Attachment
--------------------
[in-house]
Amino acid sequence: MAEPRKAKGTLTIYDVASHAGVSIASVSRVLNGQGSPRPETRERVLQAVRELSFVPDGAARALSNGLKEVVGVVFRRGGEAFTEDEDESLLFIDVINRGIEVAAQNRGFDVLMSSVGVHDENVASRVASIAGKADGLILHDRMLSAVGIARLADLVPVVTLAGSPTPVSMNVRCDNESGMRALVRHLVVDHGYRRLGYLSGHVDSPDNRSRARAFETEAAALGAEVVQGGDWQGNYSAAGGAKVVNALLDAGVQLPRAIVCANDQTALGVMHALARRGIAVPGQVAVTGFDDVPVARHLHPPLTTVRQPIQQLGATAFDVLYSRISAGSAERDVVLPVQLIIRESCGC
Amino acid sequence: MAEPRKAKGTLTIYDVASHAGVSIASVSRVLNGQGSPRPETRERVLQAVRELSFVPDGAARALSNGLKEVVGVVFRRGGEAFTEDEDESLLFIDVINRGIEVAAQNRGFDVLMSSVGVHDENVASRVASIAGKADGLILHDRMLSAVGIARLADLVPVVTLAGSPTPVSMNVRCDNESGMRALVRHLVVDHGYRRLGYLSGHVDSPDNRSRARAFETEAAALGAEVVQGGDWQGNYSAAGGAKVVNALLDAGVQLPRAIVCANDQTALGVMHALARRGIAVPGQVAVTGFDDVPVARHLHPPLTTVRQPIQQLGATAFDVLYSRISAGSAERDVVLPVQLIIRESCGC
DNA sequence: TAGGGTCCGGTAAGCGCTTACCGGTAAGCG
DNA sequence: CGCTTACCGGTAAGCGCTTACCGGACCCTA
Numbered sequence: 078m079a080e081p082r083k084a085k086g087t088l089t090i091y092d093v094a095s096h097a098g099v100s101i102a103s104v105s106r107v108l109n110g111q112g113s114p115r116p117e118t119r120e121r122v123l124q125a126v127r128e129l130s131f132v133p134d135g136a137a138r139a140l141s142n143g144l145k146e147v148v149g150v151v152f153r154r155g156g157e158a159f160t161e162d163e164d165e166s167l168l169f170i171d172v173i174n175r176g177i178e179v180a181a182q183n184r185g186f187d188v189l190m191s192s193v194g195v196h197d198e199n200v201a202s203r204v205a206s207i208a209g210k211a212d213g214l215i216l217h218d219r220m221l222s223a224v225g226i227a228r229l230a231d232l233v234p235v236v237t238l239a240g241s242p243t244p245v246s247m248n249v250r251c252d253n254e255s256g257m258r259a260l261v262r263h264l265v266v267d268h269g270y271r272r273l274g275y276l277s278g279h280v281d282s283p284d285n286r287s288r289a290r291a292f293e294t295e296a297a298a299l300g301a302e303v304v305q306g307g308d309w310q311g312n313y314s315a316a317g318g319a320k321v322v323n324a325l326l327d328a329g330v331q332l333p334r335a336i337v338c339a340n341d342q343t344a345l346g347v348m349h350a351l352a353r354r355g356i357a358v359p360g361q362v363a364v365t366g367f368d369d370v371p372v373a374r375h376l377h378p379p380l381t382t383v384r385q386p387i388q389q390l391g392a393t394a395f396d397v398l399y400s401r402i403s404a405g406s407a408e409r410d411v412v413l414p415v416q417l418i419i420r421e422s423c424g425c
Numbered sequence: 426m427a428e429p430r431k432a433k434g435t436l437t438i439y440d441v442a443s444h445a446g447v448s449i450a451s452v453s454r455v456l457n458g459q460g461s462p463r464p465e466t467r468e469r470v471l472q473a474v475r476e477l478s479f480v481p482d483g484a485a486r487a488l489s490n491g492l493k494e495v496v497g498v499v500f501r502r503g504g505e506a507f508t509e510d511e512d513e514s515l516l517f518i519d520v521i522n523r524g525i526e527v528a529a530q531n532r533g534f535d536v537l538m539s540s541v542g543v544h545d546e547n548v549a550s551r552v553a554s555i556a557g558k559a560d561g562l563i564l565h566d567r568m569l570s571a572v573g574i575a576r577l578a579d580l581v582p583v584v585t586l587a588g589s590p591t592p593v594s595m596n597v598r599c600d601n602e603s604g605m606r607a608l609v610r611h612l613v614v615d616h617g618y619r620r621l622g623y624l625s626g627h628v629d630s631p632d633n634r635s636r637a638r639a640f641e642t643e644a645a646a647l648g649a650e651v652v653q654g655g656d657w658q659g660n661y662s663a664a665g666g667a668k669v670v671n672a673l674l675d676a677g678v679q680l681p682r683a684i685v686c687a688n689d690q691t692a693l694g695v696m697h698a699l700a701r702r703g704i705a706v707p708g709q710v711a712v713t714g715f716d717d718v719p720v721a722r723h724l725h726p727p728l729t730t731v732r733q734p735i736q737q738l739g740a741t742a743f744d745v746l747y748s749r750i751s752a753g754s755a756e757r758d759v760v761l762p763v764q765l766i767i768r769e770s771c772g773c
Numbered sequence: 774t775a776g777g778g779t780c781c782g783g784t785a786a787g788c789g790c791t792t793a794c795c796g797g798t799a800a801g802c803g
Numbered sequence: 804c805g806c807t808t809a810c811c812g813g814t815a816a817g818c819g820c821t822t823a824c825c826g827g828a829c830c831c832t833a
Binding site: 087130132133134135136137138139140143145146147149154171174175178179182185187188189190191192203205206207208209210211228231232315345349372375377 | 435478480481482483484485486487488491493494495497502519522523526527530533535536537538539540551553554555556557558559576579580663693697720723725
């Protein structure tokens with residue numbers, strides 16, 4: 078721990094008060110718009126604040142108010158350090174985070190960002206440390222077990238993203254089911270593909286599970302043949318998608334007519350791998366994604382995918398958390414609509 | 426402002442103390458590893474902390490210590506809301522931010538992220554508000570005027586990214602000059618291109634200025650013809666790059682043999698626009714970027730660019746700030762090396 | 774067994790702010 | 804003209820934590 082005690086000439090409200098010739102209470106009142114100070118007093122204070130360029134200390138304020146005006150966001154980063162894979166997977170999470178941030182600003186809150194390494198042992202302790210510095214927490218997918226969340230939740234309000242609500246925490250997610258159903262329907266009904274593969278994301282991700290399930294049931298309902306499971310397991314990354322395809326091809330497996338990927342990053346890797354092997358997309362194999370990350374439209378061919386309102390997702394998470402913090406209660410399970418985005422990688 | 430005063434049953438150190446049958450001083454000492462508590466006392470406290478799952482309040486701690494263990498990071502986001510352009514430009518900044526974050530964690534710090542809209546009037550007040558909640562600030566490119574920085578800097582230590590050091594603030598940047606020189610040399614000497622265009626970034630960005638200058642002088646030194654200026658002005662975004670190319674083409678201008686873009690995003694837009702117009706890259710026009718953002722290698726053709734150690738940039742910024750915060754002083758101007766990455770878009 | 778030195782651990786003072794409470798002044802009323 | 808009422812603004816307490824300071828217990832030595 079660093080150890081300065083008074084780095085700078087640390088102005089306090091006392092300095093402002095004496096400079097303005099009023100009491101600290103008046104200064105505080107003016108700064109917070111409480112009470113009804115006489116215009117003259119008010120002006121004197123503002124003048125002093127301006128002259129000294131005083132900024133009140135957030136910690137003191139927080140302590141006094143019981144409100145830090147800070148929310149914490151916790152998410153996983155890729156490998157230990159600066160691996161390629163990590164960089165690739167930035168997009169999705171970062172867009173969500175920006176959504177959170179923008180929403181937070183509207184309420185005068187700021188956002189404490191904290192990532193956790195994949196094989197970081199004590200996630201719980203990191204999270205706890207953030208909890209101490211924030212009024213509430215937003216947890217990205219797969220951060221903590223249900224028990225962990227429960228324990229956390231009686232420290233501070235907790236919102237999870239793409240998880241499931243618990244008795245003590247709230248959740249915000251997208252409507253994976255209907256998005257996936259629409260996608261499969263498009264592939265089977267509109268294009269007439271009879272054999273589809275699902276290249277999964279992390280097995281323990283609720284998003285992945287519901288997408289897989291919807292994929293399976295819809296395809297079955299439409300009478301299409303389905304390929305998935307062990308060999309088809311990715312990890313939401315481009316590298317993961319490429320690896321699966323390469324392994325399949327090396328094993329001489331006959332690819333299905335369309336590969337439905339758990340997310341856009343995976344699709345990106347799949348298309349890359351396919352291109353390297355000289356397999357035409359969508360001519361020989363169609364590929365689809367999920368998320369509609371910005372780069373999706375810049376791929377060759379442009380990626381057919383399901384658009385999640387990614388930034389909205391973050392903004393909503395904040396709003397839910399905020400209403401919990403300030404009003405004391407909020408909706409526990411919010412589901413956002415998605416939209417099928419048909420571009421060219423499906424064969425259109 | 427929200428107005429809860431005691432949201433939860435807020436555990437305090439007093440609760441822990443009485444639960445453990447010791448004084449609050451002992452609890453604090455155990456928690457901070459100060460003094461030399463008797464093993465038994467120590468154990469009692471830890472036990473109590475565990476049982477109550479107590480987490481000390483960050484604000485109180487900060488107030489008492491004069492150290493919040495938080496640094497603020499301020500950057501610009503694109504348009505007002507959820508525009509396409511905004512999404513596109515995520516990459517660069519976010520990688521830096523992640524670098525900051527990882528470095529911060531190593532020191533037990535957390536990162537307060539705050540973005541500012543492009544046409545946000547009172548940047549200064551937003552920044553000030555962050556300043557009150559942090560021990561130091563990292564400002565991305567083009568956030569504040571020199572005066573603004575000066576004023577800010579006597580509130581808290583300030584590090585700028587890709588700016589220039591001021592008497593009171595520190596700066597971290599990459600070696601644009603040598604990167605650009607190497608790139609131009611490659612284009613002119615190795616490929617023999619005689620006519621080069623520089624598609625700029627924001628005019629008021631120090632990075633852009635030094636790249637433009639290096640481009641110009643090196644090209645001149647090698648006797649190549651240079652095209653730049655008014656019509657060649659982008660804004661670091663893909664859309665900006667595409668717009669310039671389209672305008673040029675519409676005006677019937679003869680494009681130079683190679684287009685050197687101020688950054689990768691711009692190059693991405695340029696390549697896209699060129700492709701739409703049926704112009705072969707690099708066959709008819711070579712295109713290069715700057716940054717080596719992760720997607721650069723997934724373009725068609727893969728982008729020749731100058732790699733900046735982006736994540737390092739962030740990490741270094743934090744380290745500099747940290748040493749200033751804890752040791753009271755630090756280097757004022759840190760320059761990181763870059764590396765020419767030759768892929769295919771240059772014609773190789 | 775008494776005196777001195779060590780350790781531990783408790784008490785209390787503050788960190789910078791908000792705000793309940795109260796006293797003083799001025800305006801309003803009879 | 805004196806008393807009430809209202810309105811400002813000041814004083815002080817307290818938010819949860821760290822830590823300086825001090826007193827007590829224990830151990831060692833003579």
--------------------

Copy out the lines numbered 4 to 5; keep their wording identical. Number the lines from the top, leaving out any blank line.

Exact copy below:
DNA sequence: TAGGGTCCGGTAAGCGCTTACCGGTAAGCG
DNA sequence: CGCTTACCGGTAAGCGCTTACCGGACCCTA